VMware has reached a deal to acquire mobile management specialist AirWatch for US$1.54 billion, with $1.175 billion being paid in cash and $365 million arriving in installment payments and assumed unvested equity.
A privately owned company based in Atlanta with 1,600 employees, AirWatch has attracted 10,000 enterprise customers worldwide since it was founded in 2003.
The AirWatch platform allows an end user to receive work email, set up a VPN to access organisational files, and run enterprise applications, all with proper security measures in place.
It provides the administrator with the ability to limit what resources a user can access on the corporate network, and can offer reports on which devices are not compliant with security rules, and send alerts to devices. It provides the ability to erase all corporate data should the device get lost or stolen and can track the device’s location.
AirWatch’s software works with Android, Apple iOS and Macintosh, Microsoft Windows desktop and mobile phone devices, and BlackBerry and Symbian devices.
“The acquisition of AirWatch extends VMware’s product portfolio from data center to end-user devices, and strongly positions the company for an era where all devices run hosted applications,” said Sanjay Poonen, Executive Vice President and General Manager, End-User Computing, VMware, said.
VMware may be best known for its server virtualisation products, but the company has recently increased its focus on client computing, as well. The end of the PC era and the arrival of new devices in the enterprise via BYOD programs have opened up new opportunities for vendors to make their mark. The acquisition of AirWatch is just the latest step for VMware. In October, it also acquired desktop-as-a service company Desktone.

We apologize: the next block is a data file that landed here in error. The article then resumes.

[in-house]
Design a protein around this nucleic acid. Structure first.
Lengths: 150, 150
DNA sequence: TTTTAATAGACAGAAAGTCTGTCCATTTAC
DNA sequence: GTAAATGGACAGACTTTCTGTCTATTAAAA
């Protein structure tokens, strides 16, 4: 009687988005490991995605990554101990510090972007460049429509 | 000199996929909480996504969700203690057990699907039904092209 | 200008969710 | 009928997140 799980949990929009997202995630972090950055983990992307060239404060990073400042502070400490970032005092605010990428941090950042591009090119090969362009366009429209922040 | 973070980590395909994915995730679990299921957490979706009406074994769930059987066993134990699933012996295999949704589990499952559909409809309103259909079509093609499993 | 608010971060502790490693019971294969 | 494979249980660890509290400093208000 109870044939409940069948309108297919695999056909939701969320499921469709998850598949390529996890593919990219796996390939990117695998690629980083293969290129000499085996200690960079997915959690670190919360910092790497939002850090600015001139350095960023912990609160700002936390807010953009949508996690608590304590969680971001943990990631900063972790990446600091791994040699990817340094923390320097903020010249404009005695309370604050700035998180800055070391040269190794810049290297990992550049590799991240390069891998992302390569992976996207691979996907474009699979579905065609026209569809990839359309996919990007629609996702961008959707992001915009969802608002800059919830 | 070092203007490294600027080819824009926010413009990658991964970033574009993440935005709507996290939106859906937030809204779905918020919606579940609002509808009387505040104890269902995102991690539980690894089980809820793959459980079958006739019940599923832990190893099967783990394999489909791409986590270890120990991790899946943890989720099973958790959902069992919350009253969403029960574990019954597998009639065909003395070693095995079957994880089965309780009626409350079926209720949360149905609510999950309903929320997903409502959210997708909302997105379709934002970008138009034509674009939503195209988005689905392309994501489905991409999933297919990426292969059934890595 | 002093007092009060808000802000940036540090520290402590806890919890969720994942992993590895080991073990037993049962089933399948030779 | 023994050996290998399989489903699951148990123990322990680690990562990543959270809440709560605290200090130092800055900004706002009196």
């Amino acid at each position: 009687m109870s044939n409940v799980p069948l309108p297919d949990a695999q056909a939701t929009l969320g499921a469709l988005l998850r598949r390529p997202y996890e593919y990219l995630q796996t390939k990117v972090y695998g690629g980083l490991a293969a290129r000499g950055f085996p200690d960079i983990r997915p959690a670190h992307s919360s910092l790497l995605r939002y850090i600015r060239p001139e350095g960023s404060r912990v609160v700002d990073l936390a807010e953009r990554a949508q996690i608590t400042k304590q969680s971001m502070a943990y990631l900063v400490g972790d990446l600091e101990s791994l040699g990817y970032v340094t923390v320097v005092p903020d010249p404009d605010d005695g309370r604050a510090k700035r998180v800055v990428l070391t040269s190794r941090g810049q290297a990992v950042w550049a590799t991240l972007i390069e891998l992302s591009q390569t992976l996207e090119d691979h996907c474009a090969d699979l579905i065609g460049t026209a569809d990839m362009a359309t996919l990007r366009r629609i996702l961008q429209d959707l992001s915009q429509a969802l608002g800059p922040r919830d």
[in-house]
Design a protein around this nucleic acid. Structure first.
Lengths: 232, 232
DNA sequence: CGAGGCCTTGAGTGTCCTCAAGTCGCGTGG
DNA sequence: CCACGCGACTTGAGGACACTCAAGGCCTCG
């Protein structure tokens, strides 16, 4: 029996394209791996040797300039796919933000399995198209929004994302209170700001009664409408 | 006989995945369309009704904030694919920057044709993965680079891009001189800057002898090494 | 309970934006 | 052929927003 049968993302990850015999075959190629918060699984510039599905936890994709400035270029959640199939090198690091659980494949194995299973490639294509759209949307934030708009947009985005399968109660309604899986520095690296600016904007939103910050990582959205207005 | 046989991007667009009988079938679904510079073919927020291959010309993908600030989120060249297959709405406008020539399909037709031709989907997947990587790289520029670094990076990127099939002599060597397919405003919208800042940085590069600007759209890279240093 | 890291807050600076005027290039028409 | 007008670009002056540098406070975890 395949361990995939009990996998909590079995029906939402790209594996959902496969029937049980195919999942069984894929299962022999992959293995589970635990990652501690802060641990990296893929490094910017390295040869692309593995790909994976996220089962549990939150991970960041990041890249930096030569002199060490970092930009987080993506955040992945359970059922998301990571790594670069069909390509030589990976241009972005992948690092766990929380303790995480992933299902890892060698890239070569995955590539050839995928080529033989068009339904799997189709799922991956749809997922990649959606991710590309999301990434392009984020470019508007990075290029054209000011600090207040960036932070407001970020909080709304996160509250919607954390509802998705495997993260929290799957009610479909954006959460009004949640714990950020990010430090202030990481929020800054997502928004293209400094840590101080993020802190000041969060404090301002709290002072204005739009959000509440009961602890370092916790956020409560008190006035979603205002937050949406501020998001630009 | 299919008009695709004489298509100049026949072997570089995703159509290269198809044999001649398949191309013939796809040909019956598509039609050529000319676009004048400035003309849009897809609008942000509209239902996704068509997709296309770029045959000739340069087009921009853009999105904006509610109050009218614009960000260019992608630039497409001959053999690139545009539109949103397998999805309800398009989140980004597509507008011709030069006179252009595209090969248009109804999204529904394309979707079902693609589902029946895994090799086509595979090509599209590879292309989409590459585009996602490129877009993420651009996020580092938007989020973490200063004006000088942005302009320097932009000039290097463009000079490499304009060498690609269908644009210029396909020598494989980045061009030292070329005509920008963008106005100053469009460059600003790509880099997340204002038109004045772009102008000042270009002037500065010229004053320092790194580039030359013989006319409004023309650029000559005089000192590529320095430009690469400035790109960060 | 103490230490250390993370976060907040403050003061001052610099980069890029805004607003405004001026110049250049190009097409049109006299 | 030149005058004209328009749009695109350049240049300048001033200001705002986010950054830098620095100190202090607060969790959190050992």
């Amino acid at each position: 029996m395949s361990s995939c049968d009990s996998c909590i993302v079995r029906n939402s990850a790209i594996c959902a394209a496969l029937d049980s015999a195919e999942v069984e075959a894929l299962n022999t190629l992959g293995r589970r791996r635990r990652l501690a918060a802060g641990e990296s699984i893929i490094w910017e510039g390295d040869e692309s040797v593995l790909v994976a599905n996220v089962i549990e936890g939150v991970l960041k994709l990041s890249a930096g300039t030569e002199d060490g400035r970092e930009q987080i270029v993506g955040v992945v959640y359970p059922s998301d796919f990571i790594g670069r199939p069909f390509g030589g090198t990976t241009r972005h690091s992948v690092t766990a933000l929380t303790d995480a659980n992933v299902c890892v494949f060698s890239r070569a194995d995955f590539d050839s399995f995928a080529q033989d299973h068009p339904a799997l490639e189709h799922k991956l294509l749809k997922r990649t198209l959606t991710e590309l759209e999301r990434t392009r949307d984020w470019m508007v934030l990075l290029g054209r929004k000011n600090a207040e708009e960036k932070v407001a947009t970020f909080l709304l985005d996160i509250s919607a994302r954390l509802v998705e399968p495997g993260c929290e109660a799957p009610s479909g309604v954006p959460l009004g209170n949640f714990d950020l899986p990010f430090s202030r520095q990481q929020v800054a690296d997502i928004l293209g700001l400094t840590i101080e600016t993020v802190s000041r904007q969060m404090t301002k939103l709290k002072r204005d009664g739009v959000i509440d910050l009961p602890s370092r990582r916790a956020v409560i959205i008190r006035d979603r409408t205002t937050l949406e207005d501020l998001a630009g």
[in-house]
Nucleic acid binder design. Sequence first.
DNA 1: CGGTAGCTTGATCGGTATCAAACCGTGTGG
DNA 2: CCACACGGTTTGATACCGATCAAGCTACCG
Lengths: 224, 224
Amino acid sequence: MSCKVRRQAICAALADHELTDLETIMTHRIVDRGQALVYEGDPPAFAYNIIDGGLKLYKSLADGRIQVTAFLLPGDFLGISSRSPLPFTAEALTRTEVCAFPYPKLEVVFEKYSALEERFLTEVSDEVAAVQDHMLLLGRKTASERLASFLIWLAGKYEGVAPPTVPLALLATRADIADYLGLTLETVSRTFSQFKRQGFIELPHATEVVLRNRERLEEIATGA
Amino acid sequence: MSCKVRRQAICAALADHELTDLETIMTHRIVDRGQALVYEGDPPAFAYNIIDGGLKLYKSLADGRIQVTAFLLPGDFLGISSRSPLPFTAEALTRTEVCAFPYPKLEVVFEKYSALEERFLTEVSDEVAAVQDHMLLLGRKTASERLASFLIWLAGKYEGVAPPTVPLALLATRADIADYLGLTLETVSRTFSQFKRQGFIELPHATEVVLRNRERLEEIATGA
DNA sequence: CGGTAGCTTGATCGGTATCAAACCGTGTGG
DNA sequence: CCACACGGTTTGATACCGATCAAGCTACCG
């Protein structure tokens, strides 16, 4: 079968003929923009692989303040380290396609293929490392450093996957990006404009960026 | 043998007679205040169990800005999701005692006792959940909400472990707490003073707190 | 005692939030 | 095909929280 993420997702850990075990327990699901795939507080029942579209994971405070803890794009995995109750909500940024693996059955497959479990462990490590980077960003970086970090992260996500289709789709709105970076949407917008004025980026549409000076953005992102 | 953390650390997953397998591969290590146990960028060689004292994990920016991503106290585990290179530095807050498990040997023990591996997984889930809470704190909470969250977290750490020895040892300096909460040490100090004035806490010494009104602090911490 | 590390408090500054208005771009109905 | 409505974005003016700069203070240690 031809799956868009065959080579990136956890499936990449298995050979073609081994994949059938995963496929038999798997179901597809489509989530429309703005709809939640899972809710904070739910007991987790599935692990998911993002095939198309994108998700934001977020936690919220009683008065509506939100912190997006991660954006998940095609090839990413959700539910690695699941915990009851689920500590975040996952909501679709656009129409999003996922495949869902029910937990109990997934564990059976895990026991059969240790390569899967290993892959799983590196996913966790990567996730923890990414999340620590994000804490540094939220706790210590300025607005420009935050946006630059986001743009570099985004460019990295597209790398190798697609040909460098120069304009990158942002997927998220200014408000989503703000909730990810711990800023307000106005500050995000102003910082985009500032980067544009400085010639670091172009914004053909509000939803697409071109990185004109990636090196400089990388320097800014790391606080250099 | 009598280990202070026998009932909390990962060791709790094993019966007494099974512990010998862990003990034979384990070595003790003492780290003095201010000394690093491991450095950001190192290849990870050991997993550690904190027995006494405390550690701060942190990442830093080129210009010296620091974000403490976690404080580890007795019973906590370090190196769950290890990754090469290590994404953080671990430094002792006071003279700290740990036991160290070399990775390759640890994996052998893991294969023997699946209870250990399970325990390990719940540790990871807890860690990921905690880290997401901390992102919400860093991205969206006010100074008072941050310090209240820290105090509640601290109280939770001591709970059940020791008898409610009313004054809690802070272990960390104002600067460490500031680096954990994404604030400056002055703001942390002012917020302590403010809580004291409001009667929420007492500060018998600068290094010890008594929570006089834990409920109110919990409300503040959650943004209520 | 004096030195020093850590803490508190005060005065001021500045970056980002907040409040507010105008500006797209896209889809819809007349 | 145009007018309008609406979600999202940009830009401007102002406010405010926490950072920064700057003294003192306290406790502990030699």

VMware’s vision for the space – and one it shares with other vendors – is to create a secure virtual workspace that allows end users to access applications from desktops, laptops, smartphones and tablets regardless of the time and place.
There is very little product overlap between the two companies, according to Poonen. The acquisition of AirWatch adds management of mobile devices and applications, and the ability to separate individual and corporate data and applications on smartphones and tablets, Poonen said.
AirWatch will become the focal point for all of VMware’s mobile development activities going forward, according to Poonen. He didn’t offer many details of how products will be integrated, but said that VMware’s expansion within the mobile space has been a top priority since he started at VMware last August.
VMware isn’t the only company that has started the year by acquiring a company to improve its client computing offerings. Earlier this month, VMware competitor Citrix Systems acquired Framehawk for an undisclosed sum, and will use the company’s technology to improve the performance of virtual desktops and applications over wireless networks.